LAKE BUENA VISTA, Fla. — Despite staring at a 2-0 hole after being dominated by the Los Angeles Lakers for most of Game 2 of the NBA Finals, the Miami Heat are holding on to a belief that they can find a way to win. Sure, they played Friday’s game without one of the team’s leading postseason scorers in Goran Dragic, who tore the plantar fascia in his left foot. And yes, they also were without Bam Adebayo, who had a strained neck and shoulder.

Still, the Heat don’t want to hear about the odds being stacked against them.

“We don’t give a s— what everybody else thinks,” Heat coach Erik Spoelstra said after the 124-114 loss. “What will it take? Whatever is necessary. Simple as that. If you want something badly enough, you’ll figure it out. Our group is stubborn, persistent, and we just need to figure out how to overcome this opponent.”

Overcoming the Lakers’ size alone and ability to overpower in the paint is a formidable task for Miami.

On Friday, the Lakers became the first team over the past 20 seasons to score 50 points and shoot 70% from the paint in a playoff game, according to ESPN Stats & Information research. Los Angeles registered 56 points in the paint on 74% shooting.

And without Dragic, who led the Heat in scoring in the first round of the playoffs, and Adebayo — who was tops in Miami scoring in the conference finals — Jimmy Butler had to take on a heavy load. Butler scored or assisted on 57 points — the most in his postseason career — in Game 2, according to ESPN Stats & Info data.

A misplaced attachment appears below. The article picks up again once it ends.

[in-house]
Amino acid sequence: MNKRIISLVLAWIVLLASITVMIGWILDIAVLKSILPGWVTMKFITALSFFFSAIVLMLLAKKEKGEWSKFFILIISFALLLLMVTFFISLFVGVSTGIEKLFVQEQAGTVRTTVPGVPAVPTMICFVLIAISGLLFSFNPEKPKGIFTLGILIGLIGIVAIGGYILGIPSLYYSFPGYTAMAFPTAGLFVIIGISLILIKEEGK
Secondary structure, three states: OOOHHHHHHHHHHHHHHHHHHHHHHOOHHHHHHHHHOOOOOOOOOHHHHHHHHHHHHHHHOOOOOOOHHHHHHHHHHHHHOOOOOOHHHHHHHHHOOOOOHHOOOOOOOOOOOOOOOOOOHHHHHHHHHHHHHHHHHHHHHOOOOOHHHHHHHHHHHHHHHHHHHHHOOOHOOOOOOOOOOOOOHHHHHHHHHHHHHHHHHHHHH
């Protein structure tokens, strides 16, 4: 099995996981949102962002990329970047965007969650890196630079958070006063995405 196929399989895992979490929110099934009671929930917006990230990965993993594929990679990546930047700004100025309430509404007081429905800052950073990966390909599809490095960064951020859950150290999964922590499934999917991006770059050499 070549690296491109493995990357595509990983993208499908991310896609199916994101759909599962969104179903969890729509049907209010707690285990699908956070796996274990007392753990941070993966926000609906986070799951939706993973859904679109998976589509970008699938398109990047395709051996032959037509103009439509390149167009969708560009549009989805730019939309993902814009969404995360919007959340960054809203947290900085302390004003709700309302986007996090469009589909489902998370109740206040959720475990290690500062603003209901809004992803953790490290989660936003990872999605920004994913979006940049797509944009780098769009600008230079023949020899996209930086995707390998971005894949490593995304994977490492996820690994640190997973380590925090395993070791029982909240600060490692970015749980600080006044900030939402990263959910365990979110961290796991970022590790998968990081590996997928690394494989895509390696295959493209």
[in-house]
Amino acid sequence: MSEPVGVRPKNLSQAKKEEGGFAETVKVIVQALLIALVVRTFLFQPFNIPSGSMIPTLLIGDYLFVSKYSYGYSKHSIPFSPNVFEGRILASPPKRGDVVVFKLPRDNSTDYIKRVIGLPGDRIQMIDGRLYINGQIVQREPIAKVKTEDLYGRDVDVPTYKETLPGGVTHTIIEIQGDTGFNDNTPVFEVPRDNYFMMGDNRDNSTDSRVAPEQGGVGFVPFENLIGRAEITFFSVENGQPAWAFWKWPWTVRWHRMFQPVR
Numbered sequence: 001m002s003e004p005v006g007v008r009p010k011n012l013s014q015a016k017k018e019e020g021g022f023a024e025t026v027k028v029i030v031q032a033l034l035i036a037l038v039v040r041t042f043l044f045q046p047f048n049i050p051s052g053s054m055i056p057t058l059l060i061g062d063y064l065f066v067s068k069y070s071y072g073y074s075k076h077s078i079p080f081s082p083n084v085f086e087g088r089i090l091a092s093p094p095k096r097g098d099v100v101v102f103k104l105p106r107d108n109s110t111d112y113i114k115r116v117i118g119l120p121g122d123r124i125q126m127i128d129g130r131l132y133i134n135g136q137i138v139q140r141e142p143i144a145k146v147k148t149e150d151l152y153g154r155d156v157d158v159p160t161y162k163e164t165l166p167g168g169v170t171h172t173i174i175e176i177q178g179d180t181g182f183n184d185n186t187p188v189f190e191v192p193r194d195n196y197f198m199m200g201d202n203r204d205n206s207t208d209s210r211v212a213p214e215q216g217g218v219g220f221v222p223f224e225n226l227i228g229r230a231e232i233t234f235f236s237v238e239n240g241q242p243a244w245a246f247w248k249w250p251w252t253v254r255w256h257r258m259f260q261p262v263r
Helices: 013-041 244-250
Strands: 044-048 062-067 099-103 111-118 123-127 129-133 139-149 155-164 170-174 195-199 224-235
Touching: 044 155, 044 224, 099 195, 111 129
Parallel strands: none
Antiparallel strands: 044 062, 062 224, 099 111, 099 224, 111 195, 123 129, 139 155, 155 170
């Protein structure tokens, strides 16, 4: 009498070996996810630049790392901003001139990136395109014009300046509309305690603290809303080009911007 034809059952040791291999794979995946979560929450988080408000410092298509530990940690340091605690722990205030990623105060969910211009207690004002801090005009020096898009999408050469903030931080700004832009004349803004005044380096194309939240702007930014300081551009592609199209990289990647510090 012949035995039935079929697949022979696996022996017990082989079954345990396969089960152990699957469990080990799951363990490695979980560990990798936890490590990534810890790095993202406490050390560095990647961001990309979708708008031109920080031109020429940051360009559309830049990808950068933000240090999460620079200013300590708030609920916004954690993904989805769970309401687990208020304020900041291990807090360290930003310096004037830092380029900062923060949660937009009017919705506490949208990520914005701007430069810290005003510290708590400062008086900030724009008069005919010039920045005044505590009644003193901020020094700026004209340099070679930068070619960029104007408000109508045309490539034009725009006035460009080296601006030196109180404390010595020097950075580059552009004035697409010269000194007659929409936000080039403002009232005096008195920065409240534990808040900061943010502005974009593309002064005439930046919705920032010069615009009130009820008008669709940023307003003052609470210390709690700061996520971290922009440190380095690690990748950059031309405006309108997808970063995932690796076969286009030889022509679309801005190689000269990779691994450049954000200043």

“We need him to do incredible things for us,” Heat forward Kelly Olynyk said of Butler. “Like he has done all year, all playoffs. Whatever happens with the rest of us, we’re going to have to step up and help him. He obviously can’t do it on his own, so we’re going to have to be with him doing a little bit more, a little bit more, whatever it takes.”

Butler played 45 minutes but said he thought he could play 48 if that guaranteed the Heat could win a game.

“We’re never giving up,” Butler said. “We’re going to fight, and we’re going to ride with this thing ’til the wheels fall off. It’s not over. We’re just down 0-2; we got to do something special. We’re capable of it. I wouldn’t want to be in the trenches with any other guys except for the ones that we have.”

Butler’s belief is buoyed by the Heat having prided themselves on being a no-excuse team all season. They believe the mental edge instilled in the group will always carry it through tough times. The difference is that this challenge, of beating a LeBron James-led Lakers team, is more difficult than any other obstacle that has appeared in front of them during this campaign.

“We believe in one another,” Butler said. “We got to play damn near perfect in order to beat those guys. We’ve yet to do it. And if we don’t do it soon, it’s not going to be pretty.”

ESPN’s Nick Friedell contributed to this report.



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